Called the Montana Water Rights Protection Act, the bill would also require the tribes to give up 29 claims in the Flathead watershed that they previously would have co-owned. It would provide the tribes with $1.9 billion to settle damages and rehabilitate the Flathead Indian Irrigation Project; and place the National Bison Range in trust for them, with provisions requiring continued public access and bison conservation.
The bill has the support of the tribal leadership and non-tribal irrigators. One of the main hopes for the compact is that it will keep the Montana Water Court from having to adjudicate roughly 10,000 claims, filed by the tribes and the U.S. Justice Department, across the state — a task that could take decades, at great expense to water users.
Olszewski isn’t fazed by that prospect. “Our constitutional water rights are worth fighting for, even if it means going to court,” he said. “When we have to fight for the state's constitutional water right then the state, the people of Montana, will pay for this.”
The water compact has long drawn opposition from some factions in northwest Montana. Decker, the Lake County commissioner who joined Olszewki at Wednesday's press conference, said afterwards that “we can’t assume this settlement act is better than litigation.” The commissioners had backed the compact when it came before the Legislature. Asked whether the commissioners continue to back it, Decker said, “that is still up for discussion.”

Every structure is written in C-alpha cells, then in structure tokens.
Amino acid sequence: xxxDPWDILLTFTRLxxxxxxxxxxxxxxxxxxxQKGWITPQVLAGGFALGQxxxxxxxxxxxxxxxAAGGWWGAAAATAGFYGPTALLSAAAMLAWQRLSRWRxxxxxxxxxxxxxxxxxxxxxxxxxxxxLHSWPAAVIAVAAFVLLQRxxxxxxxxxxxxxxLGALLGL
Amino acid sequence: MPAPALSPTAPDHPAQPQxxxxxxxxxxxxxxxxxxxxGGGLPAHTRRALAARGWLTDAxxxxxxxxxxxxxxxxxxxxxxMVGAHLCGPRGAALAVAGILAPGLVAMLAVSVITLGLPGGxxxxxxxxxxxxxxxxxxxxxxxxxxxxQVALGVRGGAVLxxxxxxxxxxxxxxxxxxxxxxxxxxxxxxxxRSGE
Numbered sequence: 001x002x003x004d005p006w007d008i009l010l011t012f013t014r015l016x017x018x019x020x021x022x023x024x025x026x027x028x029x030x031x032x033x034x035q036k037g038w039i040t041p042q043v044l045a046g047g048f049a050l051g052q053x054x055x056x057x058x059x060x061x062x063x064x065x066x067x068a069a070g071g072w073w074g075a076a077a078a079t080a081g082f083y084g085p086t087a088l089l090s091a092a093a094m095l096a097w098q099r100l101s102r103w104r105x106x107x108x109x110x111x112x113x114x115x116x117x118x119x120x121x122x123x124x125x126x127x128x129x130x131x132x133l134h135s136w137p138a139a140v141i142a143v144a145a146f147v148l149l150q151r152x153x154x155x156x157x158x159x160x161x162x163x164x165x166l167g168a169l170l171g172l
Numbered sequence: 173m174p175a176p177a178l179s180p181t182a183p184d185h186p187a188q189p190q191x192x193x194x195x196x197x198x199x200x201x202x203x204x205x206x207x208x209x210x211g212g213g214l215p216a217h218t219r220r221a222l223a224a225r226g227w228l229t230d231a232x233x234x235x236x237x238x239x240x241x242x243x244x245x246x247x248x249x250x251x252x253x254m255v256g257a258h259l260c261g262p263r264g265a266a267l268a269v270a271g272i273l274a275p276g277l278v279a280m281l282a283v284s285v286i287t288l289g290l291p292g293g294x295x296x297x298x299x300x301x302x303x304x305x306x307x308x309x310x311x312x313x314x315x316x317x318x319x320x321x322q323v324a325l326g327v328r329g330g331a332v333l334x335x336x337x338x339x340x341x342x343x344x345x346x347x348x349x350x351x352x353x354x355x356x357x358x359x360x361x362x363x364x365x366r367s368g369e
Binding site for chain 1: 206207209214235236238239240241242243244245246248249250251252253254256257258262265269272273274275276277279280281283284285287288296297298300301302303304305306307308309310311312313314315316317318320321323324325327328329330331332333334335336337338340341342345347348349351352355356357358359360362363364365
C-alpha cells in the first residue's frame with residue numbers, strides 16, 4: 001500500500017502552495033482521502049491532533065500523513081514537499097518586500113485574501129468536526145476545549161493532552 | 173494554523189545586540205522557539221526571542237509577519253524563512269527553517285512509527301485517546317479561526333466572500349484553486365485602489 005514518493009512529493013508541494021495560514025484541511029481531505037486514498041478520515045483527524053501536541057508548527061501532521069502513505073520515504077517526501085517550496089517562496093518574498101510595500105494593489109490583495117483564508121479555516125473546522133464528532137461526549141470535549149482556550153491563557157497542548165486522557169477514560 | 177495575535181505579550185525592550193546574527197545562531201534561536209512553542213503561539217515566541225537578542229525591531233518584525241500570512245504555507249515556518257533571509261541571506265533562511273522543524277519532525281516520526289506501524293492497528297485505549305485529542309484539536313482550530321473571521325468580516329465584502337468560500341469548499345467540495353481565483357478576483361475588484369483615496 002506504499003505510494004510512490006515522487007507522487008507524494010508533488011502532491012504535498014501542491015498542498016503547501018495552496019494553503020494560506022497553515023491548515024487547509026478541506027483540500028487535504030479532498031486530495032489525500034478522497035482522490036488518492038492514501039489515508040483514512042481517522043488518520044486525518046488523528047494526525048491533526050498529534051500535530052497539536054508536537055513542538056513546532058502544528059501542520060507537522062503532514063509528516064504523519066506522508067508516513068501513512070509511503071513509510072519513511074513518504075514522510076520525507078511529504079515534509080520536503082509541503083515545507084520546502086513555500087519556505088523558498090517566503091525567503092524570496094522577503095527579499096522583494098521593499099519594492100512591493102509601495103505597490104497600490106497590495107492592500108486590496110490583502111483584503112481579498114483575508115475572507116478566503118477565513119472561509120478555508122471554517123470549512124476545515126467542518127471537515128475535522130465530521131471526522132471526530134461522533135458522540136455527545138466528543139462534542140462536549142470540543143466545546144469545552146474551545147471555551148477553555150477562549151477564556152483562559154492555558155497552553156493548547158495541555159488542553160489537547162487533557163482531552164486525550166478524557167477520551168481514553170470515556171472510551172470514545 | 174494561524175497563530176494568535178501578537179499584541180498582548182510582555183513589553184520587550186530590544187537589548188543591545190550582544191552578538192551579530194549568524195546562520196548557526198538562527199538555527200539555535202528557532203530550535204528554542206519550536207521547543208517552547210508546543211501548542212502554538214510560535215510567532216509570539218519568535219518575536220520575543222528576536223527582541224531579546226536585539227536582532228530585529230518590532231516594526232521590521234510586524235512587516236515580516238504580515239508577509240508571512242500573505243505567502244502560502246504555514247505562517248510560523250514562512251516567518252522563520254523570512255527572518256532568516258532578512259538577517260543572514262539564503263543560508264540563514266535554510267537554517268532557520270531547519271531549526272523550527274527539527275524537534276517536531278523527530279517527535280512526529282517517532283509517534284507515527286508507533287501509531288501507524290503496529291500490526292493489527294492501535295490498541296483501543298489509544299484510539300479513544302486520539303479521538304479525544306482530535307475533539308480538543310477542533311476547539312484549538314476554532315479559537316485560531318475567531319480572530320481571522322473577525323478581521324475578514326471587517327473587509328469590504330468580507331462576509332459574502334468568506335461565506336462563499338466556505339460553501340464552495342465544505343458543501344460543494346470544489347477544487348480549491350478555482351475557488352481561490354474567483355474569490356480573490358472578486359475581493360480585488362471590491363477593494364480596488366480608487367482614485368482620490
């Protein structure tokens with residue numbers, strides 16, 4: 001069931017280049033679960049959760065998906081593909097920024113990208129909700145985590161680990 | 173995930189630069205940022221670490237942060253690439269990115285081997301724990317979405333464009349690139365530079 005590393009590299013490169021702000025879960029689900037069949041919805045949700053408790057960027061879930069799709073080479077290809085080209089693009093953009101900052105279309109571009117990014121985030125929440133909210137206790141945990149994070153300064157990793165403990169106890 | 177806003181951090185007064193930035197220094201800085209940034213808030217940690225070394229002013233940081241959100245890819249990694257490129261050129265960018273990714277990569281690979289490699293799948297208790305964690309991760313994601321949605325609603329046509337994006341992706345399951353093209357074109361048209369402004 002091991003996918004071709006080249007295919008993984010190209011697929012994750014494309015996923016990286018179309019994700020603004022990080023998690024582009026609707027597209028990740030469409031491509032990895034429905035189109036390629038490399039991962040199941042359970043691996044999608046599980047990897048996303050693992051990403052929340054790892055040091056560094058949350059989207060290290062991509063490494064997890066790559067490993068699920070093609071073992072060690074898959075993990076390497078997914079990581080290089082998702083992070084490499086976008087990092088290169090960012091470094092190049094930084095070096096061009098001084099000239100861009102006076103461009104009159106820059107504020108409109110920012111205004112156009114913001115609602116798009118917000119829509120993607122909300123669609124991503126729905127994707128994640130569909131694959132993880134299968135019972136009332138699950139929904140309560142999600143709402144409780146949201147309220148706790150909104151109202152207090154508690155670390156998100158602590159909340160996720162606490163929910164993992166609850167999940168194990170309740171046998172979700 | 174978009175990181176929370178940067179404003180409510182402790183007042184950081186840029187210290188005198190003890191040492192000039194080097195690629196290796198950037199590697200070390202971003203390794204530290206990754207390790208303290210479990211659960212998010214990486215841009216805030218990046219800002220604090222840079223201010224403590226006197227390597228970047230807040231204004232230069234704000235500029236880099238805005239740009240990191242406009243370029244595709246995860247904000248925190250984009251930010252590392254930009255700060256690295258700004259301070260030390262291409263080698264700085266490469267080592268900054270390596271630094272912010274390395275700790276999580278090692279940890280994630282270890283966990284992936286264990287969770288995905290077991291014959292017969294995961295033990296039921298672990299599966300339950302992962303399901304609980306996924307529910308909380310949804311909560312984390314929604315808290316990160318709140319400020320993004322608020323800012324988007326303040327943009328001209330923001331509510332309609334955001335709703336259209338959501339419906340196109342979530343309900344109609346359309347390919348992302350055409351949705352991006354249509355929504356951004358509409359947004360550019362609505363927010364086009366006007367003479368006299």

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They do, however, oppose the settlement legislation. Recently they called on Daines to withdraw the bill, taking issue its possible implications for county rights-of-way and other aspects of the bill. The senator's office had responded to some of their concerns, but they remain skeptical. At the press conference, Decker said that “we also are worried and concerned about the influx of folks that are going to be coming in to Lake County.”